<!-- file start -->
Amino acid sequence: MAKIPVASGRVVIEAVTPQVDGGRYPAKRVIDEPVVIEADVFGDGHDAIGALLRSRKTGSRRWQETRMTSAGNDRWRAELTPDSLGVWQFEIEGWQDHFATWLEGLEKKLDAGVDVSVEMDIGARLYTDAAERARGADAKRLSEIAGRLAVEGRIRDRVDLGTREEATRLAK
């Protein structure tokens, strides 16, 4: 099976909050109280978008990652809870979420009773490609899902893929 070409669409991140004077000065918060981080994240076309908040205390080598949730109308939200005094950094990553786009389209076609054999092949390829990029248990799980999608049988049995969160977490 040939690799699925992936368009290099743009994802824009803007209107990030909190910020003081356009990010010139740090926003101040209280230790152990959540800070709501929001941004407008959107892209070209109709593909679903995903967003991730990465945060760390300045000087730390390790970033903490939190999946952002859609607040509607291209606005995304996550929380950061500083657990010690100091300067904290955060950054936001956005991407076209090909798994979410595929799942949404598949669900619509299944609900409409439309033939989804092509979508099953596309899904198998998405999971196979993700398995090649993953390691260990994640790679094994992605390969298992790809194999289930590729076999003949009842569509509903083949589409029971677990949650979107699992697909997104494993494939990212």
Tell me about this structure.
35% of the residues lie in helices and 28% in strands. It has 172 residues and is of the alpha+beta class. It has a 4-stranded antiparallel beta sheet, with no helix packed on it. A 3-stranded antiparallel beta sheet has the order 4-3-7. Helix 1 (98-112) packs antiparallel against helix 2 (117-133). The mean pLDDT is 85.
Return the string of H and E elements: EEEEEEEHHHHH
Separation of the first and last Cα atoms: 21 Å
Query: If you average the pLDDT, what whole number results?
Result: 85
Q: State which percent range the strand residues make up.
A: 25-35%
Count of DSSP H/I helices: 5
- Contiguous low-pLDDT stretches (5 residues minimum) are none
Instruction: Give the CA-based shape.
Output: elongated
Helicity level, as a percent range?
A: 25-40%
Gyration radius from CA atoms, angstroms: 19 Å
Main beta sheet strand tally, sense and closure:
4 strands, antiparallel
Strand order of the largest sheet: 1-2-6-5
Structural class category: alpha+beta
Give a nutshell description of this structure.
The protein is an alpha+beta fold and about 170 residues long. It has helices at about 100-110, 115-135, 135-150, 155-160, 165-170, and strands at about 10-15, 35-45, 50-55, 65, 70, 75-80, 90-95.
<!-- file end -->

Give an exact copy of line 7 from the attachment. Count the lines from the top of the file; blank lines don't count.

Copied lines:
Query: If you average the pLDDT, what whole number results?